Victoria University core sampling rig in Antarctica fitted with Motus Hydraulic Cylinders
The cylinders seem to be coping well with the cold (only -20degc at this stage, we may get mid -30s early this season), with no leaking around the nose seals or cylinder creep due to oil passing piston seals. This year is the real test with the remainder of the hole to be drilled (we are currently at a depth of 130 metres with the target depth being 750 metres). We are using the main hydraulic cylinder to control drill penetration rate and this seems to be a successful strategy. The core breaks aren’t very high yet with maximum pull down loads of around 400kg (although the cylinder sees twice this load), so easily within the cylinder limits so far, and unless we have problems the core breaks shouldn’t get too much more than this.
At this stage there has been no need to repair or replace items on the cylinders so we still have the spare rods and piston seal assemblies as supplied in Antarctica, touch wood we don’t need them. The hydraulic fluid we ended up using is Aero HF, a Mobil oil product used for aircraft hydraulics, mainly to get a usable viscosity at low temperatures.
“I’m certainly happy to recommend your product to others, and will keep you in mind for future projects”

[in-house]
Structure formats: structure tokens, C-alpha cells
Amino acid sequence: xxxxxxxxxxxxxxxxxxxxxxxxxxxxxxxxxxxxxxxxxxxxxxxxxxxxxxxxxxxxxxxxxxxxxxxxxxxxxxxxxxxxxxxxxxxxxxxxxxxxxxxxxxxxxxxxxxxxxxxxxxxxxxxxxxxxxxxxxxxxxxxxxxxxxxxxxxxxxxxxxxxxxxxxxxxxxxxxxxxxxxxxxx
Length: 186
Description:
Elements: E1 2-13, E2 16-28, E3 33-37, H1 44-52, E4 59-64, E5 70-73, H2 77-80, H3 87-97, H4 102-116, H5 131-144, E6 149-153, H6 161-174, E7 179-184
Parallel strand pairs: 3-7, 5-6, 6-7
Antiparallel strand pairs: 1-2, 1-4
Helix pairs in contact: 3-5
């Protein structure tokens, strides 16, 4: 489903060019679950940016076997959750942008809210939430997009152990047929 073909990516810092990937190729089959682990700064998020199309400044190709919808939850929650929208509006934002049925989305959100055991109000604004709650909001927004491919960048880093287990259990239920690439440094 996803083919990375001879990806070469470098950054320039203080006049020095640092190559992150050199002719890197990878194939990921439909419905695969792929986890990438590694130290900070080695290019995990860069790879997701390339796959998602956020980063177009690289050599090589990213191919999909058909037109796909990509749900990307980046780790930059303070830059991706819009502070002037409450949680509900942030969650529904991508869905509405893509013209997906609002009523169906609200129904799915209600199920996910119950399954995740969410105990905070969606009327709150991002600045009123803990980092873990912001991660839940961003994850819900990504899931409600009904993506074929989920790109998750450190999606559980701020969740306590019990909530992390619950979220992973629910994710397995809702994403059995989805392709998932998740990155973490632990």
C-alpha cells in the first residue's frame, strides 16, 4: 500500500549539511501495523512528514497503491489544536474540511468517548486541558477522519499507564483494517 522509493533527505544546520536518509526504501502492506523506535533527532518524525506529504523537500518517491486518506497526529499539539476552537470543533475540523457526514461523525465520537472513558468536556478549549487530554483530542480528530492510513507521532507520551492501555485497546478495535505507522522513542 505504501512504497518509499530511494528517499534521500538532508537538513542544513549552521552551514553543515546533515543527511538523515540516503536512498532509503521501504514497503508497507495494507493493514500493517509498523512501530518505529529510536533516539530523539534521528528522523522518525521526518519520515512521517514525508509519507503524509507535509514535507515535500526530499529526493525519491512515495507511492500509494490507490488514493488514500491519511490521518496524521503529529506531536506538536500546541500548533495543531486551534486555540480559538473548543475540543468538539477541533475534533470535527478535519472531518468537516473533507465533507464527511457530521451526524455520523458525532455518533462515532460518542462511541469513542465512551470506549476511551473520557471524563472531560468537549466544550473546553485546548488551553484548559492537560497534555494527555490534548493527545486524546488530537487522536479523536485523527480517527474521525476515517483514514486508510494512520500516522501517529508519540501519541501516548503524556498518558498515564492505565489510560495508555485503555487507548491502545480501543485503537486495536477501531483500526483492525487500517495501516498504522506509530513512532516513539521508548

Keep an eye out on the Victoria website for news on the project from mid October as we are due to go back to site for a four month season.
Just returned on Saturday from the Arctic, here are a few photos of your cylinders and our equipment in situ at NEEM north east Greenland (about 1400km from the pole).
Basic cylinder parameters are as follows
The 1500mm stroke trunnion mount cylinder can see peak pressures around 2850 PSI, flows are quite low from around 1 litre/min up to 4 litres/min provided by an enerpac single phase hydraulic power pack (this cylinder is our main mast extension cylinder inside the mast itself). This is used to control drilling cutting rate and also to provide additional power to break off ice core.
The 750mm stroke tilt cylinder will only see about 750-1000 PSI pressure at peak, flows will be anywhere between 0 – 4 litres /min via manual flow control simply to slow the stroke down to make it safe for people to work around the mast during operation.
Plan at this stage is to head down to Antarctica (Scott Base) early to mid October and then deploy to the field a couple or so weeks later to Roosevelt Island (eastern side of the Ross ice shelf about 700km due east of Scott Base), completing our drilling for this year around mid January with a further year to complete the Project. This also is logistics and weather dependent.
The drill is an Intermediate depth drill (drill design is a Copenhagen University development with Kiwi modifications) with the mast to go to 1000m (possibly 1500m in the future with upgrades). At Roosevelt Island the plan is about 750 to 780 metres, of continuous ice core to the bedrock giving about a 50 to 60,000 year high resolution record of climate and atmospheric gases.